I recently discovered a blog devoted to the Beatles’ songwriting techniques written by Matt Blick. It looks like there’s a lot of great stuff on there. If you’re looking for simple ideas to spice up your songwriting, Beatles-style, take a look at his Tickets to Write section, where he (concisely) describes 47 interesting moves found in the Beatles’ corpus. Here are a few simple ones, which anyone following my Practical Chord Progression series might find immediately useful:
We started out in the comfort of home, and have now moved on to explore the more shadowy alleys in the neighborhood. In today’s exercise, we are going to add another to our arsenal of shadow chords, the ii (called the “supertonic” by theorists, though you probably won’t run across this term too often). In our last exercise, we focused on the special relationship between the vi and the I, imagining them as harmonic twins, one shadow, one light.
This exercise is in some ways related to the last one. However, it is going to allow us much more direct control and rely less on chance. Composition by subtraction is an idea explored by Brian Eno on Before and After Science, an album that marries pop with avant garde experimentalism, and one I highly recommend. The idea is simple: sculpt your song out of a mass of tracks, eliminating one track at a time.
By this point, we’ve gotten pretty comfortable with our immediate harmonic neighborhood, starting at home on the I, reinforcing it with the V, and venturing out a little to the IV. We’re no longer confined to the house, so to speak, but staying in one’s own neighborhood can also get a little boring. In today’s exercise, we’re going to get courageous and explore a whole new environment: the shadowy, mysterious world of the vi.
If you’ve completed the first two exercises in this series, then you should already be getting a feel for the idea of a harmonic home. So far, however, we’ve basically stayed there on the I, borrowing the V only to reinforce our sense of place. Whole songs can be written with those two chords, but let’s start getting (slightly) more adventurous and explore our immediate harmonic neighborhood. We’re going to stick with the key of C major, so C major is our I, G major is our V, and F major is our IV.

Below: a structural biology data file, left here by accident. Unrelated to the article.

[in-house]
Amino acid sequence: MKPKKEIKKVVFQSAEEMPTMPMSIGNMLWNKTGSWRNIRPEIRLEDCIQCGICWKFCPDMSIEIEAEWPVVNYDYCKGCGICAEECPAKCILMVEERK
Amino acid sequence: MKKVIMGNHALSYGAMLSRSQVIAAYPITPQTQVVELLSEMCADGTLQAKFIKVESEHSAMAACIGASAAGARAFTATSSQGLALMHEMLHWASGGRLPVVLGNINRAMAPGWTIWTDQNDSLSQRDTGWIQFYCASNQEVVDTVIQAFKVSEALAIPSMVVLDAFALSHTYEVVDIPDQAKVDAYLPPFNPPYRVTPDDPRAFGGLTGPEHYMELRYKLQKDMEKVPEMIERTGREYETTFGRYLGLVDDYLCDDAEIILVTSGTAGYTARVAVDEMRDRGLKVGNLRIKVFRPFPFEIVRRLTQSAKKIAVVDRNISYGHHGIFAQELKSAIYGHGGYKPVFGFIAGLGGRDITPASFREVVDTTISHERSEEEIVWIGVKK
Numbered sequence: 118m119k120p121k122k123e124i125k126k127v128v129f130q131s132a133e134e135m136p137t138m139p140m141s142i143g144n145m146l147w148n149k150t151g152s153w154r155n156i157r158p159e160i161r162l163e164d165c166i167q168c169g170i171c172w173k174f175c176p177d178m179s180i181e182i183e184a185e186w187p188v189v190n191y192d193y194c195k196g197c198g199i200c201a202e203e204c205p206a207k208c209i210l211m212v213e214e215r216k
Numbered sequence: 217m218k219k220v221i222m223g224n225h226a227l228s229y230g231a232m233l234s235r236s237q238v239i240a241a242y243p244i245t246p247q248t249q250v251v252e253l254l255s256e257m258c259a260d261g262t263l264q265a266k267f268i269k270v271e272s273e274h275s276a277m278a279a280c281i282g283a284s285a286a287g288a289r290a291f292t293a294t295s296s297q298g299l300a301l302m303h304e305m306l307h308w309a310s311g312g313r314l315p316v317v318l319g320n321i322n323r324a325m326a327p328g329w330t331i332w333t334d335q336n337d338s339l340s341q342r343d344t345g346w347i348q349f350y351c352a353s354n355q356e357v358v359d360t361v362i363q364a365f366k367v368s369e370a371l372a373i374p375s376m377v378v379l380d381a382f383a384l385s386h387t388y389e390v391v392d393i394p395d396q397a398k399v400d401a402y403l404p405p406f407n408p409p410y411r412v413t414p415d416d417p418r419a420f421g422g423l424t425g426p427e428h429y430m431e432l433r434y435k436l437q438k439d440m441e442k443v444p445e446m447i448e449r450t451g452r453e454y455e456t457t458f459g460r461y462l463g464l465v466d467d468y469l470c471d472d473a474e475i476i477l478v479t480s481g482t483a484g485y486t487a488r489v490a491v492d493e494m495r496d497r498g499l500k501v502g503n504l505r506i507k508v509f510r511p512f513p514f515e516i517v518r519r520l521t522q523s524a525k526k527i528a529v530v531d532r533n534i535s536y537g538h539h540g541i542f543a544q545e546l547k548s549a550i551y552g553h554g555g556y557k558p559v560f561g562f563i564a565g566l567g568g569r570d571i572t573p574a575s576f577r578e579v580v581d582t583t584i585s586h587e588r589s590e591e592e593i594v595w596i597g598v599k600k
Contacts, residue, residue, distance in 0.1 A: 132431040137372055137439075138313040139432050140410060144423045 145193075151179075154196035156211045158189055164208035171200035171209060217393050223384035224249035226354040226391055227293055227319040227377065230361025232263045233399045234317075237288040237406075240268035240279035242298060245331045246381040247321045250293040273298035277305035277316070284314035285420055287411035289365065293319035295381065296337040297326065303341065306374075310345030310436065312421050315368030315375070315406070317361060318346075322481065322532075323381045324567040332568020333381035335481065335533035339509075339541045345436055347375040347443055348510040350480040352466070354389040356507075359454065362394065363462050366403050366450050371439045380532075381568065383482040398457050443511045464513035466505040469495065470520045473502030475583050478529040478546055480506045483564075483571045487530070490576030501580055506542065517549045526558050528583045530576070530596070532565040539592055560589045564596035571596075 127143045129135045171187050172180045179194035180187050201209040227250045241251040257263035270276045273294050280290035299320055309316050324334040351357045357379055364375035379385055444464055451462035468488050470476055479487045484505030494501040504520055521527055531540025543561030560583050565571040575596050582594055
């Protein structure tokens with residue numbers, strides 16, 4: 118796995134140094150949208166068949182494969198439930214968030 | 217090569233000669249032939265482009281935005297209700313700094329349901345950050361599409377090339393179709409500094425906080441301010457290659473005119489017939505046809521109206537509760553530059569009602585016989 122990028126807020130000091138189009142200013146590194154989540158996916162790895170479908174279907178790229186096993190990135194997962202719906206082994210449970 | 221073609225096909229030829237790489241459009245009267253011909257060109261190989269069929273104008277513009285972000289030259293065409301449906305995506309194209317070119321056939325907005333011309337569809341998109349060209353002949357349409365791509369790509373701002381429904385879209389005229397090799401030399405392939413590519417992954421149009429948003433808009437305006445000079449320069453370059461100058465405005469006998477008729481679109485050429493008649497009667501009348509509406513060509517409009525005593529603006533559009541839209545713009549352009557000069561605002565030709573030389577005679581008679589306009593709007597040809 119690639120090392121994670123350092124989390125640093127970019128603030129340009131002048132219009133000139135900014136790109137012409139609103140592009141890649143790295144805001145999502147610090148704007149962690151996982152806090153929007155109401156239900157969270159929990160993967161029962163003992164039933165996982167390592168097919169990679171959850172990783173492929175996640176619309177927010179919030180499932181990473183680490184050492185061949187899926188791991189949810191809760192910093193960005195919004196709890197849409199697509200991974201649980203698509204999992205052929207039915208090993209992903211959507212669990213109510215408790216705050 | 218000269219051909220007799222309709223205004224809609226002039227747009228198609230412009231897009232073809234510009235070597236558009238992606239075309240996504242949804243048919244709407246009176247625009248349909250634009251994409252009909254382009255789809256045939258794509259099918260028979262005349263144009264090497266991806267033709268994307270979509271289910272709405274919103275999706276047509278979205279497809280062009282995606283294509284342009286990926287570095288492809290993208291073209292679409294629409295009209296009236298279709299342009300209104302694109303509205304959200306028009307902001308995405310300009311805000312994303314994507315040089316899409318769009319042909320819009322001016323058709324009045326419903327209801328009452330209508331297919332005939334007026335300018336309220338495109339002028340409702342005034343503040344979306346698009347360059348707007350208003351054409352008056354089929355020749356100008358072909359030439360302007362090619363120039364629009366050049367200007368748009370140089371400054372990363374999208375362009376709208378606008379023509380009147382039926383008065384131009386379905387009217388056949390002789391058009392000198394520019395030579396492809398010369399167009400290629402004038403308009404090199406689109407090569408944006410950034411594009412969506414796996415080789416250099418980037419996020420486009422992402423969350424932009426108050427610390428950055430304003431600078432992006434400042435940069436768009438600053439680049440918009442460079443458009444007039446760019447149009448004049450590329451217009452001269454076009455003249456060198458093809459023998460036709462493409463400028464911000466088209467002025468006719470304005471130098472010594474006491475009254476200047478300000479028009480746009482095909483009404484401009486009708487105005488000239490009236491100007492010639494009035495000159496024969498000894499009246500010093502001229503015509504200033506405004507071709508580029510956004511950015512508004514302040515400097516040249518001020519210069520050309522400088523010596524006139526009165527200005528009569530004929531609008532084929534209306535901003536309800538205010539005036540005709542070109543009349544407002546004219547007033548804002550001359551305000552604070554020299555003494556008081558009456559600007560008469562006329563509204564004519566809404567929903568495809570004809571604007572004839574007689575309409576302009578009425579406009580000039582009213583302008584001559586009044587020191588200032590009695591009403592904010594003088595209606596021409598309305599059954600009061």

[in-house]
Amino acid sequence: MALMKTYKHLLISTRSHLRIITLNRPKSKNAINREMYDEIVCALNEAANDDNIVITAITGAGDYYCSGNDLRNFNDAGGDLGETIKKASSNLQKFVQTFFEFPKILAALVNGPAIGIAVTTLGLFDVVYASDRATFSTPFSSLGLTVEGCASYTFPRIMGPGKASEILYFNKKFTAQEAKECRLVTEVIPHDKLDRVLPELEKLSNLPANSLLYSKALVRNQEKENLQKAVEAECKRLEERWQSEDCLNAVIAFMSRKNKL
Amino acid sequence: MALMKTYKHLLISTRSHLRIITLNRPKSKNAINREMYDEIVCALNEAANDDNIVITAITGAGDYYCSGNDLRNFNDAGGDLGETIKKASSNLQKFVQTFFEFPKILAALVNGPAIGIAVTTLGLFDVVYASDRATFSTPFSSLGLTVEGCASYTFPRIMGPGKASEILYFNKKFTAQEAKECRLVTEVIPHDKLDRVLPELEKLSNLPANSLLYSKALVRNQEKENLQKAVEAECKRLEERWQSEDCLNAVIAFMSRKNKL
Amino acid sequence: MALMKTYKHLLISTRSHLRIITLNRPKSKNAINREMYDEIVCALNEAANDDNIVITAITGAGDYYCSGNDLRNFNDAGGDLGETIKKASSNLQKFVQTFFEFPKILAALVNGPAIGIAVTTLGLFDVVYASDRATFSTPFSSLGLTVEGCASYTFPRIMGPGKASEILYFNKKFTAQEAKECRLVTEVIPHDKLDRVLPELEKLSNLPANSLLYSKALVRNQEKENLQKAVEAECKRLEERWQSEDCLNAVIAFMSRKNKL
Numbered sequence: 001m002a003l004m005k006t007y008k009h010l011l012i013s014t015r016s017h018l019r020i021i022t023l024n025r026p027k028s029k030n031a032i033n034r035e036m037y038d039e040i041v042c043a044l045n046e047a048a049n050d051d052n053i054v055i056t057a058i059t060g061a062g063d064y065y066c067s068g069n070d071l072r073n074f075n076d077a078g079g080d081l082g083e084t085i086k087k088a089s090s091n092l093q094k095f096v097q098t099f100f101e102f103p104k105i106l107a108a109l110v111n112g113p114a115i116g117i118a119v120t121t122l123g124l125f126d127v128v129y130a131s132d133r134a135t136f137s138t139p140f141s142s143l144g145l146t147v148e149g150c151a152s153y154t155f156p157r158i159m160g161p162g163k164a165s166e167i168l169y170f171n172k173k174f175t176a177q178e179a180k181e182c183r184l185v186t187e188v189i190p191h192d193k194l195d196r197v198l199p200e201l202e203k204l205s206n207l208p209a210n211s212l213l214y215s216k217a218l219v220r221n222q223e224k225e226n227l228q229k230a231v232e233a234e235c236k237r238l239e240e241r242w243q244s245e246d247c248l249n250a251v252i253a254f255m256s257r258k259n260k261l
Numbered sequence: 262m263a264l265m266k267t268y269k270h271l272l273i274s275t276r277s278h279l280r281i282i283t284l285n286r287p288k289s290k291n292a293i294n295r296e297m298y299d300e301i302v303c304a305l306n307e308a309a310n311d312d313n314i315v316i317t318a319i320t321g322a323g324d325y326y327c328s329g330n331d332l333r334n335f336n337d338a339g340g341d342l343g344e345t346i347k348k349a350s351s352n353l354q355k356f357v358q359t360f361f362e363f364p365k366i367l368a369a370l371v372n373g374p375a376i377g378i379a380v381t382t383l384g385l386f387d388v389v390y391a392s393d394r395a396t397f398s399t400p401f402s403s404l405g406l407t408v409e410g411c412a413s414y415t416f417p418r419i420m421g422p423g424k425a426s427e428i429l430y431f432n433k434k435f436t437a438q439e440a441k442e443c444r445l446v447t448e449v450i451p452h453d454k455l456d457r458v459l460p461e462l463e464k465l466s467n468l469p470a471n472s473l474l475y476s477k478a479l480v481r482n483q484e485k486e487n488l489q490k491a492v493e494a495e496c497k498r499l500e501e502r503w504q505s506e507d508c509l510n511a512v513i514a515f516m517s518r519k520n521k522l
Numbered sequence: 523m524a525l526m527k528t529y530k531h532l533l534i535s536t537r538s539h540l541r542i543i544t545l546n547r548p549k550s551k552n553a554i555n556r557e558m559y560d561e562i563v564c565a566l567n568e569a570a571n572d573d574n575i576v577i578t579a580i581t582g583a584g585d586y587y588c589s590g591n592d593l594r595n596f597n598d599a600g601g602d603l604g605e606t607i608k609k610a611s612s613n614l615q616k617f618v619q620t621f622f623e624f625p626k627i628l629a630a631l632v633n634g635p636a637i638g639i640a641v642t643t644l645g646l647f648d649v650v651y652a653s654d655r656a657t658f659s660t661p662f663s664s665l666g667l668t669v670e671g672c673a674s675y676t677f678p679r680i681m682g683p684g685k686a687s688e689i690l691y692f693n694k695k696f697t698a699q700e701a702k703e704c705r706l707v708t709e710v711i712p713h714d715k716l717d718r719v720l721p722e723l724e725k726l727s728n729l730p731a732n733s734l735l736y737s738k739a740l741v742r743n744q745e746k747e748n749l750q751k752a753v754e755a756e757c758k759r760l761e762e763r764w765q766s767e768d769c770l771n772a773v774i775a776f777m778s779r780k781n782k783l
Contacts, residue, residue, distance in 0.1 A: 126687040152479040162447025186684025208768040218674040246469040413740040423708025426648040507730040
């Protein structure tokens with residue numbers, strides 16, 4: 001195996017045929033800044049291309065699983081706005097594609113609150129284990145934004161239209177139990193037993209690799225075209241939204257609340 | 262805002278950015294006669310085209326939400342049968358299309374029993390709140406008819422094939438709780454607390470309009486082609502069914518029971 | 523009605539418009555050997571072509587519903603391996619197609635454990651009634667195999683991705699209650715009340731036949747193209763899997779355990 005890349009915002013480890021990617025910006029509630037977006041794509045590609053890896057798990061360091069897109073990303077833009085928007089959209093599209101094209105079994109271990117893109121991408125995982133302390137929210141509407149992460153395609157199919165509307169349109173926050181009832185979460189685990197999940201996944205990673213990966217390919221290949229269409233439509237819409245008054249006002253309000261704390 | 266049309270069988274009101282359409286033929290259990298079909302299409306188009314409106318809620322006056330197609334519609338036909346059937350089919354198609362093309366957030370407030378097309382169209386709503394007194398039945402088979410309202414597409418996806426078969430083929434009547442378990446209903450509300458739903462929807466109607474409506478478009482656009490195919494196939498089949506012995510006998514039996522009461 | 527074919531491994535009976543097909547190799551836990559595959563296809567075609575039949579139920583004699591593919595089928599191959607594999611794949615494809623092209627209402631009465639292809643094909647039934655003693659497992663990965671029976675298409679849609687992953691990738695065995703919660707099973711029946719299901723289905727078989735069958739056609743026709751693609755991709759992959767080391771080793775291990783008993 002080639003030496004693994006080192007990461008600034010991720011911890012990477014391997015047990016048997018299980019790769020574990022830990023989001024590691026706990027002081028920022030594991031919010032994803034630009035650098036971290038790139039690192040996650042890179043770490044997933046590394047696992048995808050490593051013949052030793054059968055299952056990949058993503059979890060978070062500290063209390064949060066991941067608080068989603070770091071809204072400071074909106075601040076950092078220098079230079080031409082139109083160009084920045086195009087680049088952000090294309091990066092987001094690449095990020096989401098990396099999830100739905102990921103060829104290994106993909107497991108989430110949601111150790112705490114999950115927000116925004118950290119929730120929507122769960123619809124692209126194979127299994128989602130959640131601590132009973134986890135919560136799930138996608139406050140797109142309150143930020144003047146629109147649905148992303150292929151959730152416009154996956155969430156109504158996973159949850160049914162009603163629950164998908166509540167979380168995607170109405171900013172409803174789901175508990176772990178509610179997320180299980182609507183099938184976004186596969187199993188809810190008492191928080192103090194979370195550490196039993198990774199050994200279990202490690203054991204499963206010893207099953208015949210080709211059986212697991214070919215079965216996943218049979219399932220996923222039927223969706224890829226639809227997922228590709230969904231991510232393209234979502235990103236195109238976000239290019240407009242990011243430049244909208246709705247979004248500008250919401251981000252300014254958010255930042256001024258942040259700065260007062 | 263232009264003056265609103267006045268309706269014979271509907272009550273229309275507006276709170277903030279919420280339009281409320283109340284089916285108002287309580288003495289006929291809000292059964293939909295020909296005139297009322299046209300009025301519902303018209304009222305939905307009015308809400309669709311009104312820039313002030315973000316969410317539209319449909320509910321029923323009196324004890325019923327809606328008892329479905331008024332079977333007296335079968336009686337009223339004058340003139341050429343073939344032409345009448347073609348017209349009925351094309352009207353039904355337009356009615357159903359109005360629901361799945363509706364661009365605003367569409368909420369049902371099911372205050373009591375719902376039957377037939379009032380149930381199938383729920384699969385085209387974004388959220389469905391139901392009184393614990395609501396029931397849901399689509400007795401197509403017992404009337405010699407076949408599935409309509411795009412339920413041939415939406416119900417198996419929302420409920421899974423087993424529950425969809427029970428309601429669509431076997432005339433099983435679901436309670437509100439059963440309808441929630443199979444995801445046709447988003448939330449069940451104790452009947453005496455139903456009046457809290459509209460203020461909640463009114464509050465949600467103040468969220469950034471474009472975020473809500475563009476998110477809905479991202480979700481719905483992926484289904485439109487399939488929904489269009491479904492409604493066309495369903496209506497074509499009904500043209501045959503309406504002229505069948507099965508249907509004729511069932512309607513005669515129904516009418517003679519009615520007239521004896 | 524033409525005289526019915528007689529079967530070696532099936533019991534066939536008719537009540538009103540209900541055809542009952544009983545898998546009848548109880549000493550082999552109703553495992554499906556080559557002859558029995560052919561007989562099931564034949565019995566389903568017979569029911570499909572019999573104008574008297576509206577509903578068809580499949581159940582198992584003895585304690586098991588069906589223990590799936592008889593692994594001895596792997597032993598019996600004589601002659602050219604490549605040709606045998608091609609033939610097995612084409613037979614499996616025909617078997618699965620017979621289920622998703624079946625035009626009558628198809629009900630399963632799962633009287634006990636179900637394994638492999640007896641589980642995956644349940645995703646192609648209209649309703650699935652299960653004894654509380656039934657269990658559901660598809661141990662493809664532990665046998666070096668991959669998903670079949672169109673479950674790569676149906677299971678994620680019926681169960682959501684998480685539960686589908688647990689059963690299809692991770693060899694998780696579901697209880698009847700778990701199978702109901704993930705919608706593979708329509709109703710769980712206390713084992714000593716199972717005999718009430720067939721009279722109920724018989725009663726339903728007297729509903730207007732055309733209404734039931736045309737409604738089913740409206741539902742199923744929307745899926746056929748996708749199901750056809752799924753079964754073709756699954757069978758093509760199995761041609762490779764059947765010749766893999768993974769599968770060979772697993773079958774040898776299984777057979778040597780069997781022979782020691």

In the second installment of Practical Chord Progressions, we take a look at what is arguably the most fundamental change: the return from the V to the I. BACKGROUND If we think of the tonic (I) chord as home, then some chord progressions can be thought of as a journey away from home that ultimately concludes with a satisfying return to our starting point. The most common way to make this return feel “right” is to make use of chords that exhibit a kind of magnetic pull toward the I.
To kick off the experimental techniques series, I’m going to describe a simple experimental recording method that might just surprise you. The idea here is to discover some rhythmic and melodic counterpoint that you might never have written otherwise. I call this method “invisible layering”. You’re going to need some kind of multitrack recording device, whether a software DAW or an analog machine. STEP ONE: THE FOUNDATION Your first step is to lay down a foundation track.
In this exercise, we’ll get accustomed to the idea of a harmonic home and explore the variety of ideas you can build over a single chord. BACKGROUND No matter how little you might know about music theory, you’ve probably heard of keys before (the Key of C, the Key of A minor, etc.). Though we won’t be delving much into theory on this site, it’s important to know that a musical key always has a kind of harmonic center, its “home chord”.
In this series, I will be discussing the use of chord progressions in songwriting. My approach will be a little unusual, however. For the most part, I will not be discussing stock chord progressions that a player can integrate into their repertoire. Instead, I will outline some techniques for becoming familiar with basic chord relationships. These techniques are not just meant to help players learn theory. They’re meant to be practical methods for coming up with songs.